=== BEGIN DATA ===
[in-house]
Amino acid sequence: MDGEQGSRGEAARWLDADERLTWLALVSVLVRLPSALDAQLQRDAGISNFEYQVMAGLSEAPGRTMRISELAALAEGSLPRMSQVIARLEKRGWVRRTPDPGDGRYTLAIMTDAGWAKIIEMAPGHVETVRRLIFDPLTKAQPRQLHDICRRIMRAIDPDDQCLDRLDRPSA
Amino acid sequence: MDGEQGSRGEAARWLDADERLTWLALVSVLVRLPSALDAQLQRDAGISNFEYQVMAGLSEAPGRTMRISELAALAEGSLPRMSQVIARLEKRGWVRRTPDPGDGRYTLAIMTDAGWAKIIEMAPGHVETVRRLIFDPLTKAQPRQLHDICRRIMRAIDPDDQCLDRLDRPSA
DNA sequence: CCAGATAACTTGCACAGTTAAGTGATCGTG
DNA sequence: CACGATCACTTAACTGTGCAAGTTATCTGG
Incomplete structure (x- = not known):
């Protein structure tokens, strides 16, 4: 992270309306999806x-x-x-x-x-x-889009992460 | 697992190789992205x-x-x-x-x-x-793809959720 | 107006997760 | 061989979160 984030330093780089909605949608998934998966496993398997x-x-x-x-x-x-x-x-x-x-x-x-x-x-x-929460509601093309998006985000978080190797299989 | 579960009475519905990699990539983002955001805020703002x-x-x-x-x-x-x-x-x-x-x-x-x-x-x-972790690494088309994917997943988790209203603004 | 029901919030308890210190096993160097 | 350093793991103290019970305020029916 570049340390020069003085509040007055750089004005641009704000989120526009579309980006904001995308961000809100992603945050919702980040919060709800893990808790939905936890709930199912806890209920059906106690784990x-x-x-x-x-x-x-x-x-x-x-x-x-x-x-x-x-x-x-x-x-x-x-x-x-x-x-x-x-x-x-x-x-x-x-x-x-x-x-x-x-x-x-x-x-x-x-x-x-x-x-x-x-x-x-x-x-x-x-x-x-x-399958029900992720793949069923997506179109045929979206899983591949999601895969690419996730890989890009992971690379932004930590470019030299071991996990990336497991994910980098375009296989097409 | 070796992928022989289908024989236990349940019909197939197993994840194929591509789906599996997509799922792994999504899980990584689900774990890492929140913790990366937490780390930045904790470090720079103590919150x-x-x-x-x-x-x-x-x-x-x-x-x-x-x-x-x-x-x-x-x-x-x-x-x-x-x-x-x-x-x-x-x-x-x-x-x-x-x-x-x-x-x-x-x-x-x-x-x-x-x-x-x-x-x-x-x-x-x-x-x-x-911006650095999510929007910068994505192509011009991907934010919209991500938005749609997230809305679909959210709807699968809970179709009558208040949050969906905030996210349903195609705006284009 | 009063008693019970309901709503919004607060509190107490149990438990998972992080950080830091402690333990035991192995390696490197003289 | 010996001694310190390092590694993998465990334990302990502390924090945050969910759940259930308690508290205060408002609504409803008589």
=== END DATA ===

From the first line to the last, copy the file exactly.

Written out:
[in-house]
Amino acid sequence: MDGEQGSRGEAARWLDADERLTWLALVSVLVRLPSALDAQLQRDAGISNFEYQVMAGLSEAPGRTMRISELAALAEGSLPRMSQVIARLEKRGWVRRTPDPGDGRYTLAIMTDAGWAKIIEMAPGHVETVRRLIFDPLTKAQPRQLHDICRRIMRAIDPDDQCLDRLDRPSA
Amino acid sequence: MDGEQGSRGEAARWLDADERLTWLALVSVLVRLPSALDAQLQRDAGISNFEYQVMAGLSEAPGRTMRISELAALAEGSLPRMSQVIARLEKRGWVRRTPDPGDGRYTLAIMTDAGWAKIIEMAPGHVETVRRLIFDPLTKAQPRQLHDICRRIMRAIDPDDQCLDRLDRPSA
DNA sequence: CCAGATAACTTGCACAGTTAAGTGATCGTG
DNA sequence: CACGATCACTTAACTGTGCAAGTTATCTGG
Incomplete structure (x- = not known):
């Protein structure tokens, strides 16, 4: 992270309306999806x-x-x-x-x-x-889009992460 | 697992190789992205x-x-x-x-x-x-793809959720 | 107006997760 | 061989979160 984030330093780089909605949608998934998966496993398997x-x-x-x-x-x-x-x-x-x-x-x-x-x-x-929460509601093309998006985000978080190797299989 | 579960009475519905990699990539983002955001805020703002x-x-x-x-x-x-x-x-x-x-x-x-x-x-x-972790690494088309994917997943988790209203603004 | 029901919030308890210190096993160097 | 350093793991103290019970305020029916 570049340390020069003085509040007055750089004005641009704000989120526009579309980006904001995308961000809100992603945050919702980040919060709800893990808790939905936890709930199912806890209920059906106690784990x-x-x-x-x-x-x-x-x-x-x-x-x-x-x-x-x-x-x-x-x-x-x-x-x-x-x-x-x-x-x-x-x-x-x-x-x-x-x-x-x-x-x-x-x-x-x-x-x-x-x-x-x-x-x-x-x-x-x-x-x-x-399958029900992720793949069923997506179109045929979206899983591949999601895969690419996730890989890009992971690379932004930590470019030299071991996990990336497991994910980098375009296989097409 | 070796992928022989289908024989236990349940019909197939197993994840194929591509789906599996997509799922792994999504899980990584689900774990890492929140913790990366937490780390930045904790470090720079103590919150x-x-x-x-x-x-x-x-x-x-x-x-x-x-x-x-x-x-x-x-x-x-x-x-x-x-x-x-x-x-x-x-x-x-x-x-x-x-x-x-x-x-x-x-x-x-x-x-x-x-x-x-x-x-x-x-x-x-x-x-x-x-911006650095999510929007910068994505192509011009991907934010919209991500938005749609997230809305679909959210709807699968809970179709009558208040949050969906905030996210349903195609705006284009 | 009063008693019970309901709503919004607060509190107490149990438990998972992080950080830091402690333990035991192995390696490197003289 | 010996001694310190390092590694993998465990334990302990502390924090945050969910759940259930308690508290205060408002609504409803008589």